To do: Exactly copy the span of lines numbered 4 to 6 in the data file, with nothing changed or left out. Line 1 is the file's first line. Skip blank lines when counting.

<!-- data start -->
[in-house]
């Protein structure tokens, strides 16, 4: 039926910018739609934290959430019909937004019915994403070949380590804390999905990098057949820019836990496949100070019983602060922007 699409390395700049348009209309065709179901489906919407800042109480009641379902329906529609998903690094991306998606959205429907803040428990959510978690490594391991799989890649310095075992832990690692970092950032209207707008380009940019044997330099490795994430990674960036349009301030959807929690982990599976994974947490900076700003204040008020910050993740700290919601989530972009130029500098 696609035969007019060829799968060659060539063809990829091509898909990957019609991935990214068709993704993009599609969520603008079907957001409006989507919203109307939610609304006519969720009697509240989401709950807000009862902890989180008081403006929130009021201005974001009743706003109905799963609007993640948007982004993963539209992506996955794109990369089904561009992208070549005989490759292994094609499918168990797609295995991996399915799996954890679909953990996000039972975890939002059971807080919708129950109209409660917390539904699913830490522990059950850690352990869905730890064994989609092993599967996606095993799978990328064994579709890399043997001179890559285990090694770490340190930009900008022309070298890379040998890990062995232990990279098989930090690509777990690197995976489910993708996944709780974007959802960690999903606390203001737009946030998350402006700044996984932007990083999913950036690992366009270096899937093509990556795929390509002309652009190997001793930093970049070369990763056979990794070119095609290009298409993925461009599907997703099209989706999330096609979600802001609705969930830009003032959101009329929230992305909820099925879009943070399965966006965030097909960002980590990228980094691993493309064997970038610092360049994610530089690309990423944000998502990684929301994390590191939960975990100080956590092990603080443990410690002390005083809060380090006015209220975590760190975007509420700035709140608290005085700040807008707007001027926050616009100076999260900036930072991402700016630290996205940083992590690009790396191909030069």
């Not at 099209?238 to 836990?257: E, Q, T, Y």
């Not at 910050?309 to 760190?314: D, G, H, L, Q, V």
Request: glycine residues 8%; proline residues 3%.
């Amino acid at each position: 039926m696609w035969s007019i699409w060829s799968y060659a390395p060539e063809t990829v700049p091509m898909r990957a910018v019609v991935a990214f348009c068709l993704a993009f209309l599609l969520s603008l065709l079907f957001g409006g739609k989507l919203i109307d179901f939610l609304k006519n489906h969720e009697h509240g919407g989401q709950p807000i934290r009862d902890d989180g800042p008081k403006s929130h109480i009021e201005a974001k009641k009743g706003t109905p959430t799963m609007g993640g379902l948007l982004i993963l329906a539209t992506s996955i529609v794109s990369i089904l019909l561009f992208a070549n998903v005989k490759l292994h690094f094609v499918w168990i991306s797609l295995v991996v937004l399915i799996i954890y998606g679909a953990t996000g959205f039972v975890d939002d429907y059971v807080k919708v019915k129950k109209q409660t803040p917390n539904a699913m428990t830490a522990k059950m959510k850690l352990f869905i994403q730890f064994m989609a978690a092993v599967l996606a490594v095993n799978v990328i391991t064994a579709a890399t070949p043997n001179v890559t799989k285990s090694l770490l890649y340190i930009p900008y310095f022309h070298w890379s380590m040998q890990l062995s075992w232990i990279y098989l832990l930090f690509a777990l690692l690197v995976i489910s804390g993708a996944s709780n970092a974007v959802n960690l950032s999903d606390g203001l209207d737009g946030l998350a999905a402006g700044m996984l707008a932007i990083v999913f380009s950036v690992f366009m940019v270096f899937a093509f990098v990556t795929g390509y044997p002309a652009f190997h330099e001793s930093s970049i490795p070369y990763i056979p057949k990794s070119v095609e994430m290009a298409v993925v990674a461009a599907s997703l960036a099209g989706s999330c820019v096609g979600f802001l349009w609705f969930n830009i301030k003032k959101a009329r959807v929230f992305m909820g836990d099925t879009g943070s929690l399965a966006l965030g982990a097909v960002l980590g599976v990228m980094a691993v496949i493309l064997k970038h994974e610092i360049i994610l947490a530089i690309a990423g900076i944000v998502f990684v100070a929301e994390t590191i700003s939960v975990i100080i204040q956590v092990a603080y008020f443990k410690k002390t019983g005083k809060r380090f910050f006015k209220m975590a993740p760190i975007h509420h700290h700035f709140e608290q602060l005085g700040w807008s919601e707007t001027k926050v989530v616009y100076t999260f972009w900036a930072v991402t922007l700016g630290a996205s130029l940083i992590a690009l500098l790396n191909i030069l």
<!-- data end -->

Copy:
């Not at 910050?309 to 760190?314: D, G, H, L, Q, V």
Request: glycine residues 8%; proline residues 3%.
């Amino acid at each position: 039926m696609w035969s007019i699409w060829s799968y060659a390395p060539e063809t990829v700049p091509m898909r990957a910018v019609v991935a990214f348009c068709l993704a993009f209309l599609l969520s603008l065709l079907f957001g409006g739609k989507l919203i109307d179901f939610l609304k006519n489906h969720e009697h509240g919407g989401q709950p807000i934290r009862d902890d989180g800042p008081k403006s929130h109480i009021e201005a974001k009641k009743g706003t109905p959430t799963m609007g993640g379902l948007l982004i993963l329906a539209t992506s996955i529609v794109s990369i089904l019909l561009f992208a070549n998903v005989k490759l292994h690094f094609v499918w168990i991306s797609l295995v991996v937004l399915i799996i954890y998606g679909a953990t996000g959205f039972v975890d939002d429907y059971v807080k919708v019915k129950k109209q409660t803040p917390n539904a699913m428990t830490a522990k059950m959510k850690l352990f869905i994403q730890f064994m989609a978690a092993v599967l996606a490594v095993n799978v990328i391991t064994a579709a890399t070949p043997n001179v890559t799989k285990s090694l770490l890649y340190i930009p900008y310095f022309h070298w890379s380590m040998q890990l062995s075992w232990i990279y098989l832990l930090f690509a777990l690692l690197v995976i489910s804390g993708a996944s709780n970092a974007v959802n960690l950032s999903d606390g203001l209207d737009g946030l998350a999905a402006g700044m996984l707008a932007i990083v999913f380009s950036v690992f366009m940019v270096f899937a093509f990098v990556t795929g390509y044997p002309a652009f190997h330099e001793s930093s970049i490795p070369y990763i056979p057949k990794s070119v095609e994430m290009a298409v993925v990674a461009a599907s997703l960036a099209g989706s999330c820019v096609g979600f802001l349009w609705f969930n830009i301030k003032k959101a009329r959807v929230f992305m909820g836990d099925t879009g943070s929690l399965a966006l965030g982990a097909v960002l980590g599976v990228m980094a691993v496949i493309l064997k970038h994974e610092i360049i994610l947490a530089i690309a990423g900076i944000v998502f990684v100070a929301e994390t590191i700003s939960v975990i100080i204040q956590v092990a603080y008020f443990k410690k002390t019983g005083k809060r380090f910050f006015k209220m975590a993740p760190i975007h509420h700290h700035f709140e608290q602060l005085g700040w807008s919601e707007t001027k926050v989530v616009y100076t999260f972009w900036a930072v991402t922007l700016g630290a996205s130029l940083i992590a690009l500098l790396n191909i030069l």